Parshat Yitro begins with a description of Yitro’s hearing about Yetziat Mitzrayim and Bnai Yisrael’s triumphs in the Midbar. As a result of that which he heard, Yitro decides to convert to Judaism.
Not only does he decide to adopt the Jewish way of life, but the Torah tells us how he was willing to undergo hardships to do so. In Pasuk 5, it says:
"Vayavo Yitro Chotain Moshe Uvanav Veishto el Moshe; el Hamidbar Asher Hu Choneh Sham Har Haelokim
An obvious question is what is the significance in telling us where Yitro was meeting Moshe? Rashi tells us that the Torah’s mention of the Midbar is done to praise Yitro. After all, Yitro enjoyed a high position in Midyan and was living in comfort and luxury. In spite of such a comfortable lifestyle, he was willing to go to the Midbar, a wasteland, and suffer the inconveniences associated with it in order to follow his desire to learn Torah.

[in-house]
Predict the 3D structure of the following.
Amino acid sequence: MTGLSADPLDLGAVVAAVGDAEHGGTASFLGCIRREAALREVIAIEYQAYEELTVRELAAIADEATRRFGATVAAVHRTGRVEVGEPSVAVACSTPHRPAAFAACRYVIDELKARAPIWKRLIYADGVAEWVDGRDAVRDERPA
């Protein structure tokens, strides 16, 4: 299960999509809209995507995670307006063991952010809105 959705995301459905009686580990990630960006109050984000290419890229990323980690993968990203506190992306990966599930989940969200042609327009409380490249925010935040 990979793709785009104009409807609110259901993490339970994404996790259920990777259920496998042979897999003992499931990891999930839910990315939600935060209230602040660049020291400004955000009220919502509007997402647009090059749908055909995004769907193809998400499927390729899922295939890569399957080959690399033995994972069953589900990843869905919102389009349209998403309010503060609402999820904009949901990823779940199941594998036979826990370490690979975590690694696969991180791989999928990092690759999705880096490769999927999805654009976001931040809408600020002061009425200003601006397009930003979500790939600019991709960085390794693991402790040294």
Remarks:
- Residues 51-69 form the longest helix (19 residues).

Just as Rashi explains Yitro’s going into the Midbar literally, it could also be understood figuratively. Anyone who embarks on a new undertaking, something that will be difficult and with which he may not be familiar, it is as if he goes into a Midbar, a wilderness, which is usually described as being a lonely, strange and sometimes even dangerous experience. That Yitro was willing to go into the Midbar, be it an actual Midbar where there was little of the physical comforts which he enjoyed in his home, or a spiritual Midbar, where he was alone and tired, Yitro was to be praised and was worthy of the admiration of others for the strength and courage he exhibited in following up on his resolve to learn about Torah Judaism. May we all learn the lessons taught to us by Yitro: always be willing to sacrifice for the privilege of learning or experiencing something new, and never be scared of tackling something because it is different or difficult, or something with which you are not familiar.